Posted in ½ Star, Film Reviews

Office Christmas Party – Review

½

You can already look at the title “Office Christmas Party” and soon it’ll spell out where your expectations are going to be set. But even with a low bar being set in stone, Office Christmas Party still somehow manages to disappoint. You can’t seriously look at a title like “Office Christmas Party” and expect anything more than a crude sex-crazed comedy about a party that happens to be within an office setting during Christmastime, but even on that level it doesn’t seem like it has enough to sustain its running time of 105 minutes. At the very least one can be thankful enough that it isn’t the sort of mess that Project X was but that’s the most a movie like Office Christmas Party can really be given.

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Starring T.J. Miller and Jennifer Aniston as a brother and sister in charge of the Chicago branch of a company called Zenotek with opposing views on how the workspace should be run, hijinks only ensue when their quarterly quota has not yet been fulfilled and thus the business is put at risk. In order to save the company, Clay (Miller) decides to throw a large party as a means of keeping the employees in their place and as one would expect, everything goes way out of hand from there. If any real semblance of a story was present in Office Christmas Party was ever to be found, it would be in the fate of the company at the hands of the party and whether or not their deal has been secured because someone who has enough money to keep the business running gets a good impression of the company, by having a mere good time partying with the other employees.

For a movie whose title is as generic as “Office Christmas Party,” what one would expect is for most of the film to spend time showing us how the party spirals out of control, and I suppose that’s what we’re supposed to find funny? We aren’t invited to join, but watch as an out-of-control party goes down the drain through sex, drugs, and farts – I suppose that’s the joke that bears our attention as we watch nameless employees outside of the main cast get themselves involved in. At least unlike Project X, which just revels in the debauchery without even trying to tell a story – there’s at least a semblance of structure coming from what is set to come for the company afterwards through Miller, Bateman, Aniston, McKinnon, and Munn but their characters are boring. A movie that promised an “office Christmas party” doesn’t seem to spend enough time with the party, because we’re only going through the worst of an out-of-control party being celebrated by privileged folk without consequence.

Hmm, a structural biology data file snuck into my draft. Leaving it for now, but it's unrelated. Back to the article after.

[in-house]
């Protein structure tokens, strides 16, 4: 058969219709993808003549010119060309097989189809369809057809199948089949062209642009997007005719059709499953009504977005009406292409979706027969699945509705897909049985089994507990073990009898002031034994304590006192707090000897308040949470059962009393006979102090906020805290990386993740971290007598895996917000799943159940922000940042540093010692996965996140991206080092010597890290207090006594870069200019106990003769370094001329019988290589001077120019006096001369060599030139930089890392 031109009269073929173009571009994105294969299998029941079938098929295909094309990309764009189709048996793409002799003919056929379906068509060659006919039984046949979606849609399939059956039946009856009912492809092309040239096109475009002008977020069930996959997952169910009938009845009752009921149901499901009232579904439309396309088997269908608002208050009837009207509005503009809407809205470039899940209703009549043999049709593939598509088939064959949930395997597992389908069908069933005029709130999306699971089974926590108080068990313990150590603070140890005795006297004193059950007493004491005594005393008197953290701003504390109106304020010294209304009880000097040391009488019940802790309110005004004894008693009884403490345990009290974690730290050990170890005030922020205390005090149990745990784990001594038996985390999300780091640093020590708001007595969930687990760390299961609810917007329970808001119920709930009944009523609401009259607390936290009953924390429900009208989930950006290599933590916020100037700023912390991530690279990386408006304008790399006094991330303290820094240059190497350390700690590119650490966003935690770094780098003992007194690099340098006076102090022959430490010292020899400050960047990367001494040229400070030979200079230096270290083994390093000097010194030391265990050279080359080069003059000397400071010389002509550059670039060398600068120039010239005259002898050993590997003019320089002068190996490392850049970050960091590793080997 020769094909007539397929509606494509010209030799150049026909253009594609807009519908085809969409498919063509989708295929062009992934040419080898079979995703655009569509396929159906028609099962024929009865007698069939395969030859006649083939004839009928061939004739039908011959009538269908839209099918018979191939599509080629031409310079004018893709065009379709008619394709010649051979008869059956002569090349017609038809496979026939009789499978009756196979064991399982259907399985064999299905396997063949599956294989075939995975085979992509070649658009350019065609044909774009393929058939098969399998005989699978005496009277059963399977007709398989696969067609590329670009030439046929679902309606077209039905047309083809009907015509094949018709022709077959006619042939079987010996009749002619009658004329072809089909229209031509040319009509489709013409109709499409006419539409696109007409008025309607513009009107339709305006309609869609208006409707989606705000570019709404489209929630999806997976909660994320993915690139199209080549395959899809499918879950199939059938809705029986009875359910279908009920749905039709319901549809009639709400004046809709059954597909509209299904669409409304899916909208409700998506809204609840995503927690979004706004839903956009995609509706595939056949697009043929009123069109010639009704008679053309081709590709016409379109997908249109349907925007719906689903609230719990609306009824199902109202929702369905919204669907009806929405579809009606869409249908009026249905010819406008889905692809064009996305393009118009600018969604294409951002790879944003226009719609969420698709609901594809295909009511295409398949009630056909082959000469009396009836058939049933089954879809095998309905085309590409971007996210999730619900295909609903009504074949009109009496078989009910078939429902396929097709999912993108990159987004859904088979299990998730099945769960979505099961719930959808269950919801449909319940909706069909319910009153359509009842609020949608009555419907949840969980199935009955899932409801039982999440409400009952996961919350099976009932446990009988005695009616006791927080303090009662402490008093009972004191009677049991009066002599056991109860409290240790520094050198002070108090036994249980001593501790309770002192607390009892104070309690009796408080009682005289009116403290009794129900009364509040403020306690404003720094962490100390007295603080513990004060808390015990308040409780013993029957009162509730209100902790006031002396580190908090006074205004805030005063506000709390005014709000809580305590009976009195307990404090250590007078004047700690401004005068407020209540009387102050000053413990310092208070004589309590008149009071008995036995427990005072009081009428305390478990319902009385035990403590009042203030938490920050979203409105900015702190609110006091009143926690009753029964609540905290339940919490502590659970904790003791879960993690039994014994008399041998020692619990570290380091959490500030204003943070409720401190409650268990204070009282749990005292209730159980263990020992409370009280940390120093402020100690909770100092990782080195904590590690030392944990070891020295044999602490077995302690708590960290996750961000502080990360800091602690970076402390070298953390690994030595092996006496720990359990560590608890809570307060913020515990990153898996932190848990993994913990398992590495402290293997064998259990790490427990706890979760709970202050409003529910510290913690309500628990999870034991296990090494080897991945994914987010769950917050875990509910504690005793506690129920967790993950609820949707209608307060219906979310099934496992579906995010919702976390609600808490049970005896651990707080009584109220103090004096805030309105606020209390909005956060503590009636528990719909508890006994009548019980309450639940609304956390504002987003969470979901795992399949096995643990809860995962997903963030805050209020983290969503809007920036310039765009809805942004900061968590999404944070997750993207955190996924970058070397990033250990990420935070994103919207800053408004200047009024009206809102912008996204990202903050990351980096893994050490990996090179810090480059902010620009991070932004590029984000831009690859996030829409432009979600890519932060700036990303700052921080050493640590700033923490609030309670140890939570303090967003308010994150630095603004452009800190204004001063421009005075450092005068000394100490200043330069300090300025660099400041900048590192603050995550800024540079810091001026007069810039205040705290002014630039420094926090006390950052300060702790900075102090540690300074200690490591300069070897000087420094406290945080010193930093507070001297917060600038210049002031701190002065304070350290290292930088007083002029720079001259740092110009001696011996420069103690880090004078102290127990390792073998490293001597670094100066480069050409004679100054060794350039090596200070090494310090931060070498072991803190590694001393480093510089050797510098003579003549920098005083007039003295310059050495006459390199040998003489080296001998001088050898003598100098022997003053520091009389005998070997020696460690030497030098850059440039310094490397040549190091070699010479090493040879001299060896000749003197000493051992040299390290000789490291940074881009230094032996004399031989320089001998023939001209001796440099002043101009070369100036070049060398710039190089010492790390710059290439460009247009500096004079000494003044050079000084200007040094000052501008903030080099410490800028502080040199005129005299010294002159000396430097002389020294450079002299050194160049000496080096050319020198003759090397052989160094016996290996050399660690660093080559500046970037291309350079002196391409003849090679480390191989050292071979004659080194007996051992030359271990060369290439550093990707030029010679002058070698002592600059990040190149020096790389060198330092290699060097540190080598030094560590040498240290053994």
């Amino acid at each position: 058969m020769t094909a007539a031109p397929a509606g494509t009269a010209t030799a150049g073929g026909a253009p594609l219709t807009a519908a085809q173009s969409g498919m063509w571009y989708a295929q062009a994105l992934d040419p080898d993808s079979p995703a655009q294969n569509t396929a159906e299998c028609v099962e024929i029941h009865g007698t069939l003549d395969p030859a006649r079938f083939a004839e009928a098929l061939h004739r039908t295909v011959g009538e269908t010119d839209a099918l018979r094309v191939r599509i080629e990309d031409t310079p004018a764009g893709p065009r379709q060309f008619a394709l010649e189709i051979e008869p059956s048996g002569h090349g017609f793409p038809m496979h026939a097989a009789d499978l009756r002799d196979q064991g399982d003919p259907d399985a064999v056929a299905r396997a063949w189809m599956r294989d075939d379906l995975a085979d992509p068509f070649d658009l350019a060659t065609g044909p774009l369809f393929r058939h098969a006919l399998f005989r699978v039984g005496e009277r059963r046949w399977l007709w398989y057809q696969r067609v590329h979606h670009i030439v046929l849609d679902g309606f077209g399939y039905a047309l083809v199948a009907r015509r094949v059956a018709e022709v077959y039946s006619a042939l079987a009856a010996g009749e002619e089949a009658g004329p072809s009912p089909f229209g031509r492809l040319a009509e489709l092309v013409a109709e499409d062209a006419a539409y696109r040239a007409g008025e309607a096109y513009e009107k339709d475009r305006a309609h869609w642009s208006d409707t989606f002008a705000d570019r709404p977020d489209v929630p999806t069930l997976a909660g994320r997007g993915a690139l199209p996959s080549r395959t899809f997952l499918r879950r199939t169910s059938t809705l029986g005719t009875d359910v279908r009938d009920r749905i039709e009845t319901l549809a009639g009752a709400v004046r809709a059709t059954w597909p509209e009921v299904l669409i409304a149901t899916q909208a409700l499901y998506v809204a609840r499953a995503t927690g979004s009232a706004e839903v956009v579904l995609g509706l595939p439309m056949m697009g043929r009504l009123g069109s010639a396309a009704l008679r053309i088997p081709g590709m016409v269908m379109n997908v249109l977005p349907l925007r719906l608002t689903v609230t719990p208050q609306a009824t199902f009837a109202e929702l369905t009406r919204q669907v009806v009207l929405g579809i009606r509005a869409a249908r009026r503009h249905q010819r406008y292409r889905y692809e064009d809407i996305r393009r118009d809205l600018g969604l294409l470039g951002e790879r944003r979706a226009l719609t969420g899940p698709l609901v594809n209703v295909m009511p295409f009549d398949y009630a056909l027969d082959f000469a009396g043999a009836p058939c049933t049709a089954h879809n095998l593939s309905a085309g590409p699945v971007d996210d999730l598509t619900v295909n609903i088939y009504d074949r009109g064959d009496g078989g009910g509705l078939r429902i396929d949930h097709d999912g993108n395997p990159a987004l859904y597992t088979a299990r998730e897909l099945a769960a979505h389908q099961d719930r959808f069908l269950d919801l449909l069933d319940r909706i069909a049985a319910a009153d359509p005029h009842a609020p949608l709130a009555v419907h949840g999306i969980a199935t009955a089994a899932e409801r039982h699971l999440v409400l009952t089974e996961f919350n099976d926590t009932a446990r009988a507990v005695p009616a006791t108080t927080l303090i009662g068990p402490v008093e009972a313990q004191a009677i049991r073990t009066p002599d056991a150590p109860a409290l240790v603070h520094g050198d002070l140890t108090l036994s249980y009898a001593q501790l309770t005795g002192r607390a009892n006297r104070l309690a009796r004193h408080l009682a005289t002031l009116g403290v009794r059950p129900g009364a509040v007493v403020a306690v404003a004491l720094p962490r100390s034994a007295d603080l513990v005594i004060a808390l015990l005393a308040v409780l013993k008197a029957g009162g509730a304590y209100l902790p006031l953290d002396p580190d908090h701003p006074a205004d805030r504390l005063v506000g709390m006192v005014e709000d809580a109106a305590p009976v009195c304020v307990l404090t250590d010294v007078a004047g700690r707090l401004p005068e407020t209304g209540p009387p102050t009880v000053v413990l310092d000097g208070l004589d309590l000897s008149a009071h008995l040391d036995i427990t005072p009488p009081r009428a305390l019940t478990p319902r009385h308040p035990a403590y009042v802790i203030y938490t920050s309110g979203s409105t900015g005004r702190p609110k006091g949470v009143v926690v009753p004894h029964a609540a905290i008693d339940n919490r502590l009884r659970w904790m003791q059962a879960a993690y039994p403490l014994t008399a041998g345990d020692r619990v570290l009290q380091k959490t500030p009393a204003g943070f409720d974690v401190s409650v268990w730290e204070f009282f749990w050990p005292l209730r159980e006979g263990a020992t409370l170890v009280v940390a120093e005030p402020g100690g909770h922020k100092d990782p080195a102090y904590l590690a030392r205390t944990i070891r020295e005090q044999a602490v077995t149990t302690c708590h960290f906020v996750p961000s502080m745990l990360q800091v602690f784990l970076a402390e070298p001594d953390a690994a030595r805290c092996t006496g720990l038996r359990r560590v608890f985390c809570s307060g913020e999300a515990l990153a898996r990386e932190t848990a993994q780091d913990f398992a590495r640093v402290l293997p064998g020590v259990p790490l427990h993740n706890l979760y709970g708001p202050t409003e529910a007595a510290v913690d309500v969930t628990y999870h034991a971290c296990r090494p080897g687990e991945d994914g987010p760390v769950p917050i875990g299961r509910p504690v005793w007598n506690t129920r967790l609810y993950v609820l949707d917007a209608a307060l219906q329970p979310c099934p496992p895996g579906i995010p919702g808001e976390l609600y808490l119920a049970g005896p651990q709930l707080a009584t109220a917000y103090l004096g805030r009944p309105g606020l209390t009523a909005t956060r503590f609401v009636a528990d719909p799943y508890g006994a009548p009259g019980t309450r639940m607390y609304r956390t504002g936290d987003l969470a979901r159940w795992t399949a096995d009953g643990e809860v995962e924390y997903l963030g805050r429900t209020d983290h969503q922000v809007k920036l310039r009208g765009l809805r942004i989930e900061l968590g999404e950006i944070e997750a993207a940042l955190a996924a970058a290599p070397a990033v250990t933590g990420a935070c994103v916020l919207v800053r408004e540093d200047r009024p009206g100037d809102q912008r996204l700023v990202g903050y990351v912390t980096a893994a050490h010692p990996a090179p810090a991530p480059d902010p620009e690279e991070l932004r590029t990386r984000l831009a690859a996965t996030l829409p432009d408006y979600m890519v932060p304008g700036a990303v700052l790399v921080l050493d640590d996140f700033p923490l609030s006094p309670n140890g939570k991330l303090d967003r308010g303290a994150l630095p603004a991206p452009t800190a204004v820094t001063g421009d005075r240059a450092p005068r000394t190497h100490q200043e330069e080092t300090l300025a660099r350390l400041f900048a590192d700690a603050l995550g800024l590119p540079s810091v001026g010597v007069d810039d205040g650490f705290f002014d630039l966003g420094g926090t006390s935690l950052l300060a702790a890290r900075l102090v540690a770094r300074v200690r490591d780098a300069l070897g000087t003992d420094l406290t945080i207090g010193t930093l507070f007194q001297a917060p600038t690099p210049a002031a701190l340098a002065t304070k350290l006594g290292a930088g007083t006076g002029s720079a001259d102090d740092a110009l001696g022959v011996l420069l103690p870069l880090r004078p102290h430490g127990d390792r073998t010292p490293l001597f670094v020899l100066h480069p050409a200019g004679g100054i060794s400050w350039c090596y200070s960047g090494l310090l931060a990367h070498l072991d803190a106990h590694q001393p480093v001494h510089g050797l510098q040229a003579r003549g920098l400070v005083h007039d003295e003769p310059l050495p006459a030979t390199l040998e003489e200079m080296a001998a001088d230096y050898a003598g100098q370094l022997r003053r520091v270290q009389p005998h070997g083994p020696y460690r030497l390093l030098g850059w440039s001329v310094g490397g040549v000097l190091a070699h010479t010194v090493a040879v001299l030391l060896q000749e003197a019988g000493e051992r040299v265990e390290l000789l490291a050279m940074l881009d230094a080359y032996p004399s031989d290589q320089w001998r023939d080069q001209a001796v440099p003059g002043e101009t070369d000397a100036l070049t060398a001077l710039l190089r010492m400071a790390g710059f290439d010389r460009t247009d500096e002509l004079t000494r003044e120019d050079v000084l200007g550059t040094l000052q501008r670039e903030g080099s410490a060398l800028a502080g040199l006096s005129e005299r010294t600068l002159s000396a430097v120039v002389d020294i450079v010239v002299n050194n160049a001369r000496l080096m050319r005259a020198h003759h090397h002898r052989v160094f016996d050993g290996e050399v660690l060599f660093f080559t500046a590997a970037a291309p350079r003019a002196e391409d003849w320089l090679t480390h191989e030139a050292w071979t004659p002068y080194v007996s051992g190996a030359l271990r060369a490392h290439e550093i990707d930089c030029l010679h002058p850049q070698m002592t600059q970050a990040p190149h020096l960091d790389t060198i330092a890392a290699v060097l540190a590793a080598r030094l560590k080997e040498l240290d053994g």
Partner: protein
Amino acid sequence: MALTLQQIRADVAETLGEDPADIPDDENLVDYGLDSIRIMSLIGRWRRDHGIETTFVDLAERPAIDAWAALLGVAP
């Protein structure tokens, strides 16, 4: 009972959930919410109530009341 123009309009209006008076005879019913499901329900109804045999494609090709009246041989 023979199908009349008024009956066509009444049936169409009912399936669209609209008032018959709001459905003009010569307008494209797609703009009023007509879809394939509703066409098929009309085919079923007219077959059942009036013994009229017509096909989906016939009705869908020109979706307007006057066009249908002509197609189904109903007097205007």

I probably shouldn’t be wasting my time talking about what it was that I hated about Office Christmas Party because there isn’t much good to be found inside of merely watching a party explode to such an unbelievable extent if it isn’t even interested in making us care what goes on. I can’t really think of anything about Office Christmas Party that made me laugh, because I detested its characters and what it celebrated – for all it left us with is a meaningless bore. If you come into Office Christmas Party expecting a party, it’ll be almost like Project X in the sense that you’re only watching a clip show of the worst bits of a party you weren’t invited to. It isn’t as bad as said film, but given how that’s what this film is building itself on for a good 105 minutes, you can go to an actual party if you want something more productive to be done with your time.


Watch the trailer right here.

All images via Paramount.


Directed by Josh Gordon and Will Spech
Screenplay by Justin Malen, Laura Solon, Dan Mazer
Produced by Scott Stuber, Guymon Casady, Daniel Rappaport
Starring Jason Bateman, Olivia Munn, T.J. Miller, Jillian Bell, Vanessa Bayer, Courtney B. Vance, Rob Corddry, Kate McKinnon, Jennifer Aniston
Release Year: 2016
Running Time: 105 minutes

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Author:

Jaime is a Mississauga-based student attending Sheridan College. He is on the autistic spectrum and is also an aspiring filmmaker, with an ever-growing love for cinema all around the globe.

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